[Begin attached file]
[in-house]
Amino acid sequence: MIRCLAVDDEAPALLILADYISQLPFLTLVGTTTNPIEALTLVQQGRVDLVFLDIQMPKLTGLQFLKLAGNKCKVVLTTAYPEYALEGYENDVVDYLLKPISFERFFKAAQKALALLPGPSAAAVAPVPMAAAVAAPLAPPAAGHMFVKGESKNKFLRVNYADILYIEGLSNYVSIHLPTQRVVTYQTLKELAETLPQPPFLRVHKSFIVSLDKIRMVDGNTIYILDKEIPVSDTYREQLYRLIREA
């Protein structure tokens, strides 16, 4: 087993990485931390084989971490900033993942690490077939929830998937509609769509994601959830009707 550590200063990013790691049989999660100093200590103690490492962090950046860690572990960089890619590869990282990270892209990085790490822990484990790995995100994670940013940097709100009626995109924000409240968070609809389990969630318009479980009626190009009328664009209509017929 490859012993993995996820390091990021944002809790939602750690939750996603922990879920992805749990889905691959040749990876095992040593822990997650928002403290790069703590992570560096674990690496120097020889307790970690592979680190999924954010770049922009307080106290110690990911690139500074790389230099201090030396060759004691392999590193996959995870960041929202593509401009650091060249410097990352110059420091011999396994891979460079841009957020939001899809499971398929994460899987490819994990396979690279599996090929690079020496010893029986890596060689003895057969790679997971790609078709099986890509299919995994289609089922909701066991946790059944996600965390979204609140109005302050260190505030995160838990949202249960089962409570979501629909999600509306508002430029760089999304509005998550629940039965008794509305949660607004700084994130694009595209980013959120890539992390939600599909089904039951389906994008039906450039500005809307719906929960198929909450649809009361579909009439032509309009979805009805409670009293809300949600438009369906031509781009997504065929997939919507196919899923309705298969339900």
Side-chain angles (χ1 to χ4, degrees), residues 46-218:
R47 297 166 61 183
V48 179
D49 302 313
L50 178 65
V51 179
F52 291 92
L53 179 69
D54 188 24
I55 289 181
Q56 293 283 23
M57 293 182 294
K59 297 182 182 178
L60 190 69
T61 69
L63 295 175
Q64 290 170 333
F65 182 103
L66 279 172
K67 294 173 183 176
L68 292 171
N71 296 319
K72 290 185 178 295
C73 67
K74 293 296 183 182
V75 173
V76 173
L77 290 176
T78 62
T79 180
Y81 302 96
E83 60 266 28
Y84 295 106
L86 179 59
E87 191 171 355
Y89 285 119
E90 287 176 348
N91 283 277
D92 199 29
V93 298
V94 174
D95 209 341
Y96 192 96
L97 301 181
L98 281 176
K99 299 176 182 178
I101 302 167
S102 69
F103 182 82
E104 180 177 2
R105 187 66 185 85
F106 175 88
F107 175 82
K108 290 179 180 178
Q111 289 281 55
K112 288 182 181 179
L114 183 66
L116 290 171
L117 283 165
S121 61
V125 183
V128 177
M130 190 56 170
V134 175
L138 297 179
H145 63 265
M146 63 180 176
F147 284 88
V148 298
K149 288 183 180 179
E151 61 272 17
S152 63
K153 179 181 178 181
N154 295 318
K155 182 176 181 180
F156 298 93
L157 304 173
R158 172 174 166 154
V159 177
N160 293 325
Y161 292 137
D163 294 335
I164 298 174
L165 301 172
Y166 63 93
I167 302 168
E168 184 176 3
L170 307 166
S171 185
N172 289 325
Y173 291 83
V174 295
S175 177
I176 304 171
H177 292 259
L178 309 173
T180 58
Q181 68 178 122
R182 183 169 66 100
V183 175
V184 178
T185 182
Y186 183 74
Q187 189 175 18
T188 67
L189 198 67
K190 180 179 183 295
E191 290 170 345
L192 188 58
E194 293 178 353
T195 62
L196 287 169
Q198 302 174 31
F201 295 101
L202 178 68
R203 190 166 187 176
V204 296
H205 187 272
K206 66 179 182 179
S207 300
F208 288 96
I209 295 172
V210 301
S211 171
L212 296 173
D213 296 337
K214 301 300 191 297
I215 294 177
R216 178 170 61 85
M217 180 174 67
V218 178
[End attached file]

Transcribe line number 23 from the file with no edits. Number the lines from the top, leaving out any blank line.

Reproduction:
K67 294 173 183 176